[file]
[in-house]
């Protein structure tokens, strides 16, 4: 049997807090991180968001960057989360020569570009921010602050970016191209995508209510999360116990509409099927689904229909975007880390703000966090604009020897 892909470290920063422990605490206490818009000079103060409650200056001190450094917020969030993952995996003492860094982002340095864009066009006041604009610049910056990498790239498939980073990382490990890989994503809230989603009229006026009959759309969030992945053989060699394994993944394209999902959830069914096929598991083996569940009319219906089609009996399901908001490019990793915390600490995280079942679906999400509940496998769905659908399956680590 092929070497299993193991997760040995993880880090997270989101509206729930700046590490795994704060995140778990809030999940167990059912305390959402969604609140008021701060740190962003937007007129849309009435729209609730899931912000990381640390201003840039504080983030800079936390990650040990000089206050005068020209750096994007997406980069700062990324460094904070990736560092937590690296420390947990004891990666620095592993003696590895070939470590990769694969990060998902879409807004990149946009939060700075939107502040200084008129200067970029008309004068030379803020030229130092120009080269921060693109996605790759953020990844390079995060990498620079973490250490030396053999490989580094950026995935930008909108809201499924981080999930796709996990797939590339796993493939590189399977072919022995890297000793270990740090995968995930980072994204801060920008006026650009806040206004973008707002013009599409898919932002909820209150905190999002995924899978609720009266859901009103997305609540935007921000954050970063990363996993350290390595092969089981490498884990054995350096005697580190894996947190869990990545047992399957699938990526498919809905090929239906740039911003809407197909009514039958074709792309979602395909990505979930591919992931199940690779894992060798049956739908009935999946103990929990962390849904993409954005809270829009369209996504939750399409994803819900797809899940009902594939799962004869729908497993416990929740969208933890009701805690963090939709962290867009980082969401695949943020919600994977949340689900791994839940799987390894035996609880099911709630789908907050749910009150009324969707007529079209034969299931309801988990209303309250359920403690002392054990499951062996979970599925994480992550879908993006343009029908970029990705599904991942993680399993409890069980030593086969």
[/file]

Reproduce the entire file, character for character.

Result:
[in-house]
């Protein structure tokens, strides 16, 4: 049997807090991180968001960057989360020569570009921010602050970016191209995508209510999360116990509409099927689904229909975007880390703000966090604009020897 892909470290920063422990605490206490818009000079103060409650200056001190450094917020969030993952995996003492860094982002340095864009066009006041604009610049910056990498790239498939980073990382490990890989994503809230989603009229006026009959759309969030992945053989060699394994993944394209999902959830069914096929598991083996569940009319219906089609009996399901908001490019990793915390600490995280079942679906999400509940496998769905659908399956680590 092929070497299993193991997760040995993880880090997270989101509206729930700046590490795994704060995140778990809030999940167990059912305390959402969604609140008021701060740190962003937007007129849309009435729209609730899931912000990381640390201003840039504080983030800079936390990650040990000089206050005068020209750096994007997406980069700062990324460094904070990736560092937590690296420390947990004891990666620095592993003696590895070939470590990769694969990060998902879409807004990149946009939060700075939107502040200084008129200067970029008309004068030379803020030229130092120009080269921060693109996605790759953020990844390079995060990498620079973490250490030396053999490989580094950026995935930008909108809201499924981080999930796709996990797939590339796993493939590189399977072919022995890297000793270990740090995968995930980072994204801060920008006026650009806040206004973008707002013009599409898919932002909820209150905190999002995924899978609720009266859901009103997305609540935007921000954050970063990363996993350290390595092969089981490498884990054995350096005697580190894996947190869990990545047992399957699938990526498919809905090929239906740039911003809407197909009514039958074709792309979602395909990505979930591919992931199940690779894992060798049956739908009935999946103990929990962390849904993409954005809270829009369209996504939750399409994803819900797809899940009902594939799962004869729908497993416990929740969208933890009701805690963090939709962290867009980082969401695949943020919600994977949340689900791994839940799987390894035996609880099911709630789908907050749910009150009324969707007529079209034969299931309801988990209303309250359920403690002392054990499951062996979970599925994480992550879908993006343009029908970029990705599904991942993680399993409890069980030593086969």